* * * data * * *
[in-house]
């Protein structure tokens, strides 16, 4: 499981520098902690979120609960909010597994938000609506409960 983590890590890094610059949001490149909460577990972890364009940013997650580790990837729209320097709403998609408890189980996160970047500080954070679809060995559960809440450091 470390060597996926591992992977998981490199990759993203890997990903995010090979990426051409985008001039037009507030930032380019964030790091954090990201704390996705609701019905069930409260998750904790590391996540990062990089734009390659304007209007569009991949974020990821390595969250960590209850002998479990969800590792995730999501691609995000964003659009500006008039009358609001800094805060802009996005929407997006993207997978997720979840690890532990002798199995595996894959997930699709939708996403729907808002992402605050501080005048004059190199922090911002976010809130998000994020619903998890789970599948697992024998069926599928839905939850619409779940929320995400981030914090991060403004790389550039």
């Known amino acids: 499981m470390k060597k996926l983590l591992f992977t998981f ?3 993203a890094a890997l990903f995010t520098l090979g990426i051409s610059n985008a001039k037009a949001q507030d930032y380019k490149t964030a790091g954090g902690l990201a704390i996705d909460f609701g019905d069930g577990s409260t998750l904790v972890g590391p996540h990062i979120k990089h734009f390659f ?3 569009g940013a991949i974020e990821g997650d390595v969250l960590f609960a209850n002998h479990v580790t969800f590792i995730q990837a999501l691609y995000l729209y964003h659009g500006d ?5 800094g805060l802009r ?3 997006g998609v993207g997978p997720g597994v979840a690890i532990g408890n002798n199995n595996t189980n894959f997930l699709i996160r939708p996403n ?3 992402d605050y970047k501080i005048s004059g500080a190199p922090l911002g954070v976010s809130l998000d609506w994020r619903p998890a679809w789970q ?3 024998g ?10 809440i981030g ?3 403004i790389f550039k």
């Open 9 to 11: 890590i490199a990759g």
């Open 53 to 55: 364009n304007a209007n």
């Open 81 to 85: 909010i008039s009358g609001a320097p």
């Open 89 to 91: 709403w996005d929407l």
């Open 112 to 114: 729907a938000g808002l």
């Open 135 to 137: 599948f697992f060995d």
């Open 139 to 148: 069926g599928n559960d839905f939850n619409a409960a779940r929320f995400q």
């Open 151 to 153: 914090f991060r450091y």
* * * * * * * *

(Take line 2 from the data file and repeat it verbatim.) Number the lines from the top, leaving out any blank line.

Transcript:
């Protein structure tokens, strides 16, 4: 499981520098902690979120609960909010597994938000609506409960 983590890590890094610059949001490149909460577990972890364009940013997650580790990837729209320097709403998609408890189980996160970047500080954070679809060995559960809440450091 470390060597996926591992992977998981490199990759993203890997990903995010090979990426051409985008001039037009507030930032380019964030790091954090990201704390996705609701019905069930409260998750904790590391996540990062990089734009390659304007209007569009991949974020990821390595969250960590209850002998479990969800590792995730999501691609995000964003659009500006008039009358609001800094805060802009996005929407997006993207997978997720979840690890532990002798199995595996894959997930699709939708996403729907808002992402605050501080005048004059190199922090911002976010809130998000994020619903998890789970599948697992024998069926599928839905939850619409779940929320995400981030914090991060403004790389550039």